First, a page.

El-Erian Sees Markets Unstable If Le Pen WinsBy
Economist says Melenchon victory would also roil markets
Constants have become variables, stressing traders, he says
Mohamed El-Erian, Allianz SE’s chief economic adviser, invoked the image of a “mound of sand” to show how foundations of economic stability could be undermined if either Nationalist Marine Le Pen or Communist-backed Jean-Luc Melenchon is elected president of France.
“That is inherently unstable,” El-Erian said in a Bloomberg Television interview Friday. “At some point, one single sand grain can change the shape of the whole thing. If we get a victory after the second round by Le Pen or Melenchon, that will constitute that grain of sand.”
Le Pen, an anti-euro candidate, and Melenchon are among the four main competitors in Sunday’s voting, which will determine the two candidates who qualify for the May 7 runoff. Voters have already rattled the political and economic establishments in the U.K. by choosing to leave the European Union, and in the U.S. by selecting Donald Trump as president after he called for trade restrictions and tighter immigration policies.
“If France goes away from the centrist candidates, then there will be a question about the construct of the European Union,” said El-Erian, who is also a Bloomberg View columnist. “And if there’s a question about the construct of the European Union or, in the case of Le Pen, the construct of the euro zone itself, that is very disruptive.”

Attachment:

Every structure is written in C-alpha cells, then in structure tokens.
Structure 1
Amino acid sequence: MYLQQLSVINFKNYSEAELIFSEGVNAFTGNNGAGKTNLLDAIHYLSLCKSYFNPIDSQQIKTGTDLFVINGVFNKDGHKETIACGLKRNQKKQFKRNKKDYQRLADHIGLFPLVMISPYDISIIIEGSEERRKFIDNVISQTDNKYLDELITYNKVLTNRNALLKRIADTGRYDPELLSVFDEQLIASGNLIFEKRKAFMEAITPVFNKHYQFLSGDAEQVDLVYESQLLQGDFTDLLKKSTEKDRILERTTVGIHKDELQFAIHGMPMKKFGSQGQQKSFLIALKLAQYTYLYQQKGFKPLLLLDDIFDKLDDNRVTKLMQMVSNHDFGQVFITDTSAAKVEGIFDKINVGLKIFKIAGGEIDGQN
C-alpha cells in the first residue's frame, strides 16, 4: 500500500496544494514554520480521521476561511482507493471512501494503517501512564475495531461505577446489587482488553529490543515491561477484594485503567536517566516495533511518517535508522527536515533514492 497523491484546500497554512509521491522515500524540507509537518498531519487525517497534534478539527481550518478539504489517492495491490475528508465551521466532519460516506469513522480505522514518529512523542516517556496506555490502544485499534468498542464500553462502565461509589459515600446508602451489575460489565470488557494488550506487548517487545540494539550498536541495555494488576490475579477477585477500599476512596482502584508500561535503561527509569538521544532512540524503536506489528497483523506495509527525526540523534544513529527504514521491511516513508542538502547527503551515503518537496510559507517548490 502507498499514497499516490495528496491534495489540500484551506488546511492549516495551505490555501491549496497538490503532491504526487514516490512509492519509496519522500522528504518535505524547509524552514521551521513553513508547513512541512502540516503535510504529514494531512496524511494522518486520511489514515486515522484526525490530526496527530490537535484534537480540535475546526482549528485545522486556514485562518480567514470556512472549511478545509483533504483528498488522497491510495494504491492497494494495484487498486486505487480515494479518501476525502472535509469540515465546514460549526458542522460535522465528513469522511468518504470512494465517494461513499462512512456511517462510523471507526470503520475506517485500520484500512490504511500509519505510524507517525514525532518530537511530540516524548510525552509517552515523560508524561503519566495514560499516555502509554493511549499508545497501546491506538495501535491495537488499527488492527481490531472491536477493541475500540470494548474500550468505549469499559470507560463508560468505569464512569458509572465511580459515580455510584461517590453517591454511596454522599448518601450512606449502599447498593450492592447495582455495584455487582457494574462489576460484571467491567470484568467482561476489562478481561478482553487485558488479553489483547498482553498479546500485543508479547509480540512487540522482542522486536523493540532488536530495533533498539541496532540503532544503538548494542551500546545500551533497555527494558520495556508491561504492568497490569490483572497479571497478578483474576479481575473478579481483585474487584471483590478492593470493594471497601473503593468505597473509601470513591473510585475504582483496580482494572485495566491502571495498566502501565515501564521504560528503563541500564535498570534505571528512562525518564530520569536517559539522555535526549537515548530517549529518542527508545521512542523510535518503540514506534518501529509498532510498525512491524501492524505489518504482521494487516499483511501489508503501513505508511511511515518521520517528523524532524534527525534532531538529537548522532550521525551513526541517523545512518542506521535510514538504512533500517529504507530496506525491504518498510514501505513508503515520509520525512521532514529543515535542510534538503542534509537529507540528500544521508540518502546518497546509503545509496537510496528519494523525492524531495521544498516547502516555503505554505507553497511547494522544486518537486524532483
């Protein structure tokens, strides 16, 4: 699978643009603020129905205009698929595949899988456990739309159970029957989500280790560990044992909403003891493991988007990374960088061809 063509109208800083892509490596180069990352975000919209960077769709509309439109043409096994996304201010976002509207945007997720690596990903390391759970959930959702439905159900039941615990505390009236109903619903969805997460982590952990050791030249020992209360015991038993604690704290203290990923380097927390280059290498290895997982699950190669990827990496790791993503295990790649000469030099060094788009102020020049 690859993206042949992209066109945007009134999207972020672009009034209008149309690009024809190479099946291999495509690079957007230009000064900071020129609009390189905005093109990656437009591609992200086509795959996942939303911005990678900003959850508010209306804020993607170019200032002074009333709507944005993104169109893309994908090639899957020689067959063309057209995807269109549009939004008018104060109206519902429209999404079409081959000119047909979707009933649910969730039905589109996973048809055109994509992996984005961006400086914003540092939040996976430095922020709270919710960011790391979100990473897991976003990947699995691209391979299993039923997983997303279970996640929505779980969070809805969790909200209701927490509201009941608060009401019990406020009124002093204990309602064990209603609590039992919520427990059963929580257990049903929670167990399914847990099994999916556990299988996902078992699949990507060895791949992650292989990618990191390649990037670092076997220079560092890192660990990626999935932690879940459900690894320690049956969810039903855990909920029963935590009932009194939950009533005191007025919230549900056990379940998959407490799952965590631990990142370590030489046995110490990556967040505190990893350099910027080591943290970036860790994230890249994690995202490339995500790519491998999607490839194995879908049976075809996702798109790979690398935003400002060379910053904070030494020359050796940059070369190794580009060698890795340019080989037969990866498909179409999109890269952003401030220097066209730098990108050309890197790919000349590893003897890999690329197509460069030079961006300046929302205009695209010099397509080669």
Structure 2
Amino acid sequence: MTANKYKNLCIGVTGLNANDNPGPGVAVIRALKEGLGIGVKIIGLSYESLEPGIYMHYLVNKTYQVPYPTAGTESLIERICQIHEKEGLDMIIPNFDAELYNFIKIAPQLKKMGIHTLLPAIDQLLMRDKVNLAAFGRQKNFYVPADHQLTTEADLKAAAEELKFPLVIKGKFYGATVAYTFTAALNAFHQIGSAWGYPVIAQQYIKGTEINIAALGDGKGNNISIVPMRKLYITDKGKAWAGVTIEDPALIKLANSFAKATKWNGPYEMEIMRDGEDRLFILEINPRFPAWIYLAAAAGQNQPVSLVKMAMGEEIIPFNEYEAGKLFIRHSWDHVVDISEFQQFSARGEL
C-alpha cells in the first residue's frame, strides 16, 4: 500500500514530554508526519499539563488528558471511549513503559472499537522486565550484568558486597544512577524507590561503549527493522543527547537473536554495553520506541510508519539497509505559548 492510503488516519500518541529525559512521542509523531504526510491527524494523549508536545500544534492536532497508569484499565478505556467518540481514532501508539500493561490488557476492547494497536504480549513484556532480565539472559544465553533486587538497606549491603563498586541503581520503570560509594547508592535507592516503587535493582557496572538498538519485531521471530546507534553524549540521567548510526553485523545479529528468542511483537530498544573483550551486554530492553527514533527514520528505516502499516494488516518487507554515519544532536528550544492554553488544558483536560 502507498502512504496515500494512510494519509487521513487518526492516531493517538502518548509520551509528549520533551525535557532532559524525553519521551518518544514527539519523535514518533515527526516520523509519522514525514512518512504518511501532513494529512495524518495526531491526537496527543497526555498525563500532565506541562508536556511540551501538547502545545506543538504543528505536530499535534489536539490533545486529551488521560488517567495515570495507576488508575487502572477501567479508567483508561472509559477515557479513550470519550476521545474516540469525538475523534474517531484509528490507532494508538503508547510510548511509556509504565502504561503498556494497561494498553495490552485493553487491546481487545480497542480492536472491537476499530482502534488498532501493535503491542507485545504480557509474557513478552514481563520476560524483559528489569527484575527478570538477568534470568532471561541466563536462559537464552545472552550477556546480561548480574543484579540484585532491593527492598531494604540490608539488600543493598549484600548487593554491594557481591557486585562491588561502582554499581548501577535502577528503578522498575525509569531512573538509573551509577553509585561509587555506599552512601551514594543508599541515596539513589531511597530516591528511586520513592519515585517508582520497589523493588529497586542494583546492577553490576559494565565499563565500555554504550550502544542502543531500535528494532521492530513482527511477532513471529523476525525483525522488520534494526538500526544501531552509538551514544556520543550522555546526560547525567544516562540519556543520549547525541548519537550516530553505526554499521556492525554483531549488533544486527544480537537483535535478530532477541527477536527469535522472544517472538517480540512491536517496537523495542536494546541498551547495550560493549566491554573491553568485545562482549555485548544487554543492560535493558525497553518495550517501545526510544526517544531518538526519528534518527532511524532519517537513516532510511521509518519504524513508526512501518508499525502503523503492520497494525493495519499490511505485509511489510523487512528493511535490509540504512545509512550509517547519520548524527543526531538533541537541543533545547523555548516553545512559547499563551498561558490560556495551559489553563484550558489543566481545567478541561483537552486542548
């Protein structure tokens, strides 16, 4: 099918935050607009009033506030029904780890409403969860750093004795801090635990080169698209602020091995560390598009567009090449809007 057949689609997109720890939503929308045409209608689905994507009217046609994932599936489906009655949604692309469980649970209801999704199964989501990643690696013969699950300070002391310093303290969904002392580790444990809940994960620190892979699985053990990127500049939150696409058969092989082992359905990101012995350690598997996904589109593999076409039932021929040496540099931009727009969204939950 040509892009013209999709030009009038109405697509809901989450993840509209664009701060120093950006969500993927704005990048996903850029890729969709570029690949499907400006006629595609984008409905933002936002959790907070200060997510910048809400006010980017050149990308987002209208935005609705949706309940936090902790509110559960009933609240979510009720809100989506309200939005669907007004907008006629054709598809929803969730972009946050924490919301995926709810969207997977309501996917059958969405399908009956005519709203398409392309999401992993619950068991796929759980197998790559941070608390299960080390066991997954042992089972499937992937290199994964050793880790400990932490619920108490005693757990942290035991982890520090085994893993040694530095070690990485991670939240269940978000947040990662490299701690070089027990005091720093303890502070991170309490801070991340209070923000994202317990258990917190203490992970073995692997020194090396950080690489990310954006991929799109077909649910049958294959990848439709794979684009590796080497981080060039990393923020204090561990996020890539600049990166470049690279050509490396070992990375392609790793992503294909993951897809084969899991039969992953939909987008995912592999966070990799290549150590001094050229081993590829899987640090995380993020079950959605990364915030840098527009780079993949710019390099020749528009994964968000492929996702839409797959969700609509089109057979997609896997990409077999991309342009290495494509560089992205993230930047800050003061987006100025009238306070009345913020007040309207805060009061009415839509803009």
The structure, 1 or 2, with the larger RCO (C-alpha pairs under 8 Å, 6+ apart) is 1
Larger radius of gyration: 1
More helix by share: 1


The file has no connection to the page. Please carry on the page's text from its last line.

El-Erian said markets are prepared for the possibility that Le Pen advances Sunday to face centrist Emmanuel Macron or Republican nominee Francois Fillon, and expecting that she loses in the next round. Should Le Pen and Melenchon finish first and second, yields for French bonds would climb compared with benchmarks, he said, and the disruption could also spread to debt from Italy, Spain and Portugal.
“You will see a major hit to risk assets,” he said. “It will be an extremely volatile open on Monday.”
Asked about trading of short-term credit instruments, El-Erian emphasized a shift that has added stability since the credit crisis. Lenders are stronger now, meaning that investors don’t have to worry like they did in 2008 about the predictability of once-routine banking transactions, he said. Still, there can be volatility when people begin to question their previous assumptions in politics.
“In the marketplace, you have constants that you can rely on, and then you have a small set of variables,” he said. “Now the constants become variables, and that is a very different environment to trade in.”
— With assistance by Tom Keene, and Francine Lacqua